Over the next five years, Niranjan plans to expand his work so that it becomes an alternative educational platform to deliver access to learning for marginalized communities in Sri Lanka and beyond. He intends to deliver his education services through online, offline and live teaching at a cost to students from the middle-class and then subsidizing content delivery to poor rural youth, including vocational training, agriculture, social entrepreneurship, and health. Niranjan plans to develop a program that will encourage social entrepreneurs to set up e-schools in rural Telecenters and schools lacking access to education.

The Person

Niranjan was born in a small, ancient village of 200 families. The families were farmers and small traders and everyone was related. It was a major achievement for the village when Niranjan passed his fifth grade scholarship to attend a central school. The principal became his mentor and Niranjan emerged as a student leader.

During this time his family was evicted by the government for a large infrastructure project to build a dam, diverting river water for hydroelectricity. This incident, although trying and traumatic for someone his age, played a critical role in developing Niranjan’s ability to see opportunities for change in difficult situations.

Niranjan became a Survey Engineer at the age of 20 before switching to ICT in 1992 and becoming a webmaster at the dawn of the Internet phenomenon in Sri Lanka around 1996. Niranjan is qualified with a British Computer Science (BCS) degree, Land and Hydrographic Surveying and as Adobe Educator. He was inspired by Bill Gates’ example to found E-Fusion (pvt.) Ltd (www.sinharaja.com) in 2000, which aimed to change how people use computers and encourage small business growth. Niranjan worked to build and improve local language fonts, but fonts weren’t enough for him, so he began writing content for private businesses and government service departments in Sinhala. Niranjan describes his introduction to ICT for development as “love at first sight.”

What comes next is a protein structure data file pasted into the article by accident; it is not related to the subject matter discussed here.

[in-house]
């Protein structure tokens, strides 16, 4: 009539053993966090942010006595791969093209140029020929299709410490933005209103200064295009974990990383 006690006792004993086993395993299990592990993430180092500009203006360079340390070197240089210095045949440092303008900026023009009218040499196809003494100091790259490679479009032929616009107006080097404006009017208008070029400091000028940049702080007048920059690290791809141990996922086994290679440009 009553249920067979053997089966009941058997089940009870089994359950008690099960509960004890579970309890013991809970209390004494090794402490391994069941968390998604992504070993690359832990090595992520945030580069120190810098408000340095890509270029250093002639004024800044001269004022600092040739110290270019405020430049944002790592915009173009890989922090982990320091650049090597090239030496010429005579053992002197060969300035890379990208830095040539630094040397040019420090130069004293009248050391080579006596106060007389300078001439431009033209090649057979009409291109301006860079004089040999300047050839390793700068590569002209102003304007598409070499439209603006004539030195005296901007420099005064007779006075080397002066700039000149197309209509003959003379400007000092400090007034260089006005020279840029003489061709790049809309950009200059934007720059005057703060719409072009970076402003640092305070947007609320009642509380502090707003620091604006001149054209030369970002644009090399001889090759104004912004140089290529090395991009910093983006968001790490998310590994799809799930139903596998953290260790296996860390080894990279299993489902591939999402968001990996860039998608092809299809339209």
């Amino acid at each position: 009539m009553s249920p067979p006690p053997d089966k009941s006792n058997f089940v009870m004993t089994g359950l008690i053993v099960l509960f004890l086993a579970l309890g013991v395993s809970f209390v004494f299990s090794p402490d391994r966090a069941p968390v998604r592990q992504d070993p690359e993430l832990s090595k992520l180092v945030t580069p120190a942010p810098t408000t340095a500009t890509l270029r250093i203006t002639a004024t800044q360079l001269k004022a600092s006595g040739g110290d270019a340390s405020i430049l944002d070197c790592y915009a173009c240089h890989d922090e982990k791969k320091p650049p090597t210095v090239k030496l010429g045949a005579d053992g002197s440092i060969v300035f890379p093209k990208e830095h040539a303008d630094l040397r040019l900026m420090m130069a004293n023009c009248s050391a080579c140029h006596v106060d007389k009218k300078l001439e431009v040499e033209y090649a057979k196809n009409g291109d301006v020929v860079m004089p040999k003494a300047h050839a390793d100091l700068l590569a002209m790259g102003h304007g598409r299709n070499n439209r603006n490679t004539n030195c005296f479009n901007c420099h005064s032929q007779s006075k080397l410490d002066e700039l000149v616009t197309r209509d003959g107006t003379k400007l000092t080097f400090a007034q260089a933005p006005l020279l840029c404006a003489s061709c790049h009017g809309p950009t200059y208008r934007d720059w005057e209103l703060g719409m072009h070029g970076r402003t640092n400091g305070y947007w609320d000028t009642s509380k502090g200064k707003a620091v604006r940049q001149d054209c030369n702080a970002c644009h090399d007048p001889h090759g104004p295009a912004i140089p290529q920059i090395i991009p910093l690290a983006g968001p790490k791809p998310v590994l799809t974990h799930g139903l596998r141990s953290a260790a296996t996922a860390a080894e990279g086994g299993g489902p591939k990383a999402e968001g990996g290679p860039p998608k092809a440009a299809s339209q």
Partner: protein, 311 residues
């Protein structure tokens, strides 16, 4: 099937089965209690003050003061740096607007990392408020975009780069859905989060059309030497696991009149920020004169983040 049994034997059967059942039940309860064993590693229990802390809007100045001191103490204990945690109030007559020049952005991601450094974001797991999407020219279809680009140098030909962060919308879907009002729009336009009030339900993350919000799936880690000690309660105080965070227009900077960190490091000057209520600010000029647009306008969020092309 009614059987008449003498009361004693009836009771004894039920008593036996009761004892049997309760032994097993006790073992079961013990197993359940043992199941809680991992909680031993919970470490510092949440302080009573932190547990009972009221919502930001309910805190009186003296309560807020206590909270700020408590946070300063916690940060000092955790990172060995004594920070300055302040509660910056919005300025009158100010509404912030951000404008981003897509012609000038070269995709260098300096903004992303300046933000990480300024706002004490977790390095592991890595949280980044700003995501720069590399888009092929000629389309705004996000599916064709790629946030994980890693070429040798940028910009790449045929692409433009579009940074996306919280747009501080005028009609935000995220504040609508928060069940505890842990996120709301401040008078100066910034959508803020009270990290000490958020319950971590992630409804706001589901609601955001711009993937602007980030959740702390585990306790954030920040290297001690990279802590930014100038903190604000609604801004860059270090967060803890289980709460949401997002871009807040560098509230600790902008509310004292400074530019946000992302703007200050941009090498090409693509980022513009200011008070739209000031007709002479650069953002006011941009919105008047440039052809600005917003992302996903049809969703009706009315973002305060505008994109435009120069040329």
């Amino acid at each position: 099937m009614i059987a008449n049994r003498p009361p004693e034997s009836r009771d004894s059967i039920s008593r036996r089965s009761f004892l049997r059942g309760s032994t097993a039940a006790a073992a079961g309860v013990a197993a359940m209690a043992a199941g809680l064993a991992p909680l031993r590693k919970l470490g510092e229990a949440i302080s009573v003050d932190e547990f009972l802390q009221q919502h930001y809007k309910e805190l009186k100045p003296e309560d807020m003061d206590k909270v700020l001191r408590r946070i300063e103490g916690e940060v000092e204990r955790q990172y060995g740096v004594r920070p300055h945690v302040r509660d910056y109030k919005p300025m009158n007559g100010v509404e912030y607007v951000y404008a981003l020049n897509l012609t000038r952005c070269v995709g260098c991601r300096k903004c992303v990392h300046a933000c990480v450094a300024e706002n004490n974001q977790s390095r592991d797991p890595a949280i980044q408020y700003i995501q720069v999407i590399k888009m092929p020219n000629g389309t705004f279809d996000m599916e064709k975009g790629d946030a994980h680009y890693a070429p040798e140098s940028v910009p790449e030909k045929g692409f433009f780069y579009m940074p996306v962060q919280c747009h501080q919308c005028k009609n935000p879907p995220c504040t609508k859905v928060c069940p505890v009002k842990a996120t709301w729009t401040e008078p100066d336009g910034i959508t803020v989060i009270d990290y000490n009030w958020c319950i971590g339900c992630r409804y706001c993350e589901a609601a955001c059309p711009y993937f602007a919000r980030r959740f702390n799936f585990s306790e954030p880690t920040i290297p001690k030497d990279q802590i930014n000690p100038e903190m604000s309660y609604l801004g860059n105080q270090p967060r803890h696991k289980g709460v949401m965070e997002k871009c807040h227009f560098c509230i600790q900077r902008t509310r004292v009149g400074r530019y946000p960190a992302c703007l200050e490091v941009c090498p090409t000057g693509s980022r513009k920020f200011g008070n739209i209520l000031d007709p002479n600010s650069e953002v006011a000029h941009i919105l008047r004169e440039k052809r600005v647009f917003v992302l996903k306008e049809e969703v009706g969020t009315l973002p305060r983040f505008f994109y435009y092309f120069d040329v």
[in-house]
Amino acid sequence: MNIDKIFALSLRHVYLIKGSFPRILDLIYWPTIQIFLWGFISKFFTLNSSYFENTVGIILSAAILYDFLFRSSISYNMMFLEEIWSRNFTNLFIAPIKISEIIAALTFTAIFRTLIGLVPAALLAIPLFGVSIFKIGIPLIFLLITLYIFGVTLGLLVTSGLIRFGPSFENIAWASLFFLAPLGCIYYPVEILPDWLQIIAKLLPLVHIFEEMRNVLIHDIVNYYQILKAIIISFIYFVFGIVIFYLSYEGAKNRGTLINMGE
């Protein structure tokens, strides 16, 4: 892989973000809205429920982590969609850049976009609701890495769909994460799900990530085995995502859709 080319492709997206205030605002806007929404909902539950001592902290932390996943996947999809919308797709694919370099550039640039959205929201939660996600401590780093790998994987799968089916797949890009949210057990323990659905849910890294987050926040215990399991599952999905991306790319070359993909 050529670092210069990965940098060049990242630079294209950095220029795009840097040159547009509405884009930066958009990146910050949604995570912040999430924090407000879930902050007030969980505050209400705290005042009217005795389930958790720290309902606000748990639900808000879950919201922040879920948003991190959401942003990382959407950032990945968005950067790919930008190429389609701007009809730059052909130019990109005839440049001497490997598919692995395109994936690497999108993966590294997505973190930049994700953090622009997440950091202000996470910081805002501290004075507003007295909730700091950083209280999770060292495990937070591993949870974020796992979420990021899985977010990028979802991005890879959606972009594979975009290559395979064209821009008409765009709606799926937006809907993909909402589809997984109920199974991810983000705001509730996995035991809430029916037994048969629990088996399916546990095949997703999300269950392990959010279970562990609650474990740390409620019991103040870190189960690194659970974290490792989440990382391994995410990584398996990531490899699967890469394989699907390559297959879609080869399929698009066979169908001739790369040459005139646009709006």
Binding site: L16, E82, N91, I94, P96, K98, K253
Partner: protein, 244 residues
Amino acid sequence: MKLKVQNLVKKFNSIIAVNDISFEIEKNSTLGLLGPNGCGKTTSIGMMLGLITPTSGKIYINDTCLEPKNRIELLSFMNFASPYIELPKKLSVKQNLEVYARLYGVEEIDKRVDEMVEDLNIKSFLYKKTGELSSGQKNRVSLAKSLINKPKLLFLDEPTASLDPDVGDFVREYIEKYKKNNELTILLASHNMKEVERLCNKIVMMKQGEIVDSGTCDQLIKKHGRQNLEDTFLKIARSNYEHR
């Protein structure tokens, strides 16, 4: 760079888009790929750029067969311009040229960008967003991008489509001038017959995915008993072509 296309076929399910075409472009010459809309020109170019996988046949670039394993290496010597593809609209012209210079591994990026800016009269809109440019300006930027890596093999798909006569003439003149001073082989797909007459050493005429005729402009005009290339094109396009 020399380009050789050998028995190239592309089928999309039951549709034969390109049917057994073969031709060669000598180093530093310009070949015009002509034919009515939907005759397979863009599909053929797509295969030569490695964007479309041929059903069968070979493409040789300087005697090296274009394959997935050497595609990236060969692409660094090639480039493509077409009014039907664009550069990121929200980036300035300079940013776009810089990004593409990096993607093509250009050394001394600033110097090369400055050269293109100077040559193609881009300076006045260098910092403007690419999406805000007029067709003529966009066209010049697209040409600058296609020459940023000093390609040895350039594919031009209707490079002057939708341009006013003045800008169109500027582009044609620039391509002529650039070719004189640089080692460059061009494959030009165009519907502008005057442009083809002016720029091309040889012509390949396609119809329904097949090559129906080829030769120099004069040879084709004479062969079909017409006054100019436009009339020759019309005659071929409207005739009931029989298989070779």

In 2000 Niranjan introduced a popular local language website, www.kaputa.com, which offered free Sinhala and Tamil fonts, local language writing tools, and local language content. At one point, kaputa.com had more than 60,000 subscribers who communicated in Sinhala and Tamil. Niranjan’s objective in developing this site was to encourage rural communities who faced barriers communicating in English to be able to access local language email facilities.

Niranjan is passionate about his work, especially to fulfill his dream of bringing the benefits of ICT to the rural poor. He is known as a pioneer in the Sri Lankan ICT industry, leading in web technologies, Sinhala font technology, government portals, travel and tourism technologies, and content. Niranjan believes education is the foundation for innovation and social change in the face of emerging global challenges and works joyfully to reach out to underserved youth. Today, his work is considered one of the top and most timely interventions in using ICT for development. In the last five years his work has grown rapidly and has won him several international awards. Niranjan currently lives in Kandy with his wife, daughter and son.